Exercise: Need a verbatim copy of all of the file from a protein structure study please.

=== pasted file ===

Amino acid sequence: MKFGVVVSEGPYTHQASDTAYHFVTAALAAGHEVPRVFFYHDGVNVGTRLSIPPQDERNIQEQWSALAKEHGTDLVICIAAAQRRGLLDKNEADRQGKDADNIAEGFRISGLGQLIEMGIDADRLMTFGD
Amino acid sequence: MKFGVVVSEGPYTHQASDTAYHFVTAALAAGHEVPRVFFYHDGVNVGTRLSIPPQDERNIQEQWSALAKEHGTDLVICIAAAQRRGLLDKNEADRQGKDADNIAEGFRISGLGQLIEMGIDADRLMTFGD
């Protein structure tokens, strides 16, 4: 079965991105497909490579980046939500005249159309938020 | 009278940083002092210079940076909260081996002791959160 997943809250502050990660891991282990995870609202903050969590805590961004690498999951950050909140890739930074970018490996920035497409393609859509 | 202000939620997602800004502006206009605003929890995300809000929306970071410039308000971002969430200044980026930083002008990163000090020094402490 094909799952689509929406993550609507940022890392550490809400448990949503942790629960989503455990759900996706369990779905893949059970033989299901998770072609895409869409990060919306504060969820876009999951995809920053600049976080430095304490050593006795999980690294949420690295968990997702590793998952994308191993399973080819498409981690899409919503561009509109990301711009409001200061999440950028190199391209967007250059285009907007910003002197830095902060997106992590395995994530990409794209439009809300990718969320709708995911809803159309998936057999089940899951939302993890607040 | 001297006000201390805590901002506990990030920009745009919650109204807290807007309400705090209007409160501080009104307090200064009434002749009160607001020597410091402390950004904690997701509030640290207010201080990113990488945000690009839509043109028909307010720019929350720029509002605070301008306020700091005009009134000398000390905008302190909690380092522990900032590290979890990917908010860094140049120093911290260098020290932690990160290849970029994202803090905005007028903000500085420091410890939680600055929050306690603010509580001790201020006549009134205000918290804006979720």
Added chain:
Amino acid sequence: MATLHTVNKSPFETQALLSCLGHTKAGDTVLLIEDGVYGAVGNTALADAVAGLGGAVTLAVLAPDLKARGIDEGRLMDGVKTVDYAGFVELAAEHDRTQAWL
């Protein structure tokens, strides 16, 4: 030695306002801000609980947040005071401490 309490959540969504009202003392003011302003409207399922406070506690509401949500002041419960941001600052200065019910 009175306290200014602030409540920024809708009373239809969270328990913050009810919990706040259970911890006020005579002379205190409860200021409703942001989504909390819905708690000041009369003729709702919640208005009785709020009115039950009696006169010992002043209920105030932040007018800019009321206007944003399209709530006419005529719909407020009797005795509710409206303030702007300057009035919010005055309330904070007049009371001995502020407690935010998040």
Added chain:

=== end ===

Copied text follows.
Amino acid sequence: MKFGVVVSEGPYTHQASDTAYHFVTAALAAGHEVPRVFFYHDGVNVGTRLSIPPQDERNIQEQWSALAKEHGTDLVICIAAAQRRGLLDKNEADRQGKDADNIAEGFRISGLGQLIEMGIDADRLMTFGD
Amino acid sequence: MKFGVVVSEGPYTHQASDTAYHFVTAALAAGHEVPRVFFYHDGVNVGTRLSIPPQDERNIQEQWSALAKEHGTDLVICIAAAQRRGLLDKNEADRQGKDADNIAEGFRISGLGQLIEMGIDADRLMTFGD
């Protein structure tokens, strides 16, 4: 079965991105497909490579980046939500005249159309938020 | 009278940083002092210079940076909260081996002791959160 997943809250502050990660891991282990995870609202903050969590805590961004690498999951950050909140890739930074970018490996920035497409393609859509 | 202000939620997602800004502006206009605003929890995300809000929306970071410039308000971002969430200044980026930083002008990163000090020094402490 094909799952689509929406993550609507940022890392550490809400448990949503942790629960989503455990759900996706369990779905893949059970033989299901998770072609895409869409990060919306504060969820876009999951995809920053600049976080430095304490050593006795999980690294949420690295968990997702590793998952994308191993399973080819498409981690899409919503561009509109990301711009409001200061999440950028190199391209967007250059285009907007910003002197830095902060997106992590395995994530990409794209439009809300990718969320709708995911809803159309998936057999089940899951939302993890607040 | 001297006000201390805590901002506990990030920009745009919650109204807290807007309400705090209007409160501080009104307090200064009434002749009160607001020597410091402390950004904690997701509030640290207010201080990113990488945000690009839509043109028909307010720019929350720029509002605070301008306020700091005009009134000398000390905008302190909690380092522990900032590290979890990917908010860094140049120093911290260098020290932690990160290849970029994202803090905005007028903000500085420091410890939680600055929050306690603010509580001790201020006549009134205000918290804006979720």
Added chain:
Amino acid sequence: MATLHTVNKSPFETQALLSCLGHTKAGDTVLLIEDGVYGAVGNTALADAVAGLGGAVTLAVLAPDLKARGIDEGRLMDGVKTVDYAGFVELAAEHDRTQAWL
């Protein structure tokens, strides 16, 4: 030695306002801000609980947040005071401490 309490959540969504009202003392003011302003409207399922406070506690509401949500002041419960941001600052200065019910 009175306290200014602030409540920024809708009373239809969270328990913050009810919990706040259970911890006020005579002379205190409860200021409703942001989504909390819905708690000041009369003729709702919640208005009785709020009115039950009696006169010992002043209920105030932040007018800019009321206007944003399209709530006419005529719909407020009797005795509710409206303030702007300057009035919010005055309330904070007049009371001995502020407690935010998040």
Added chain: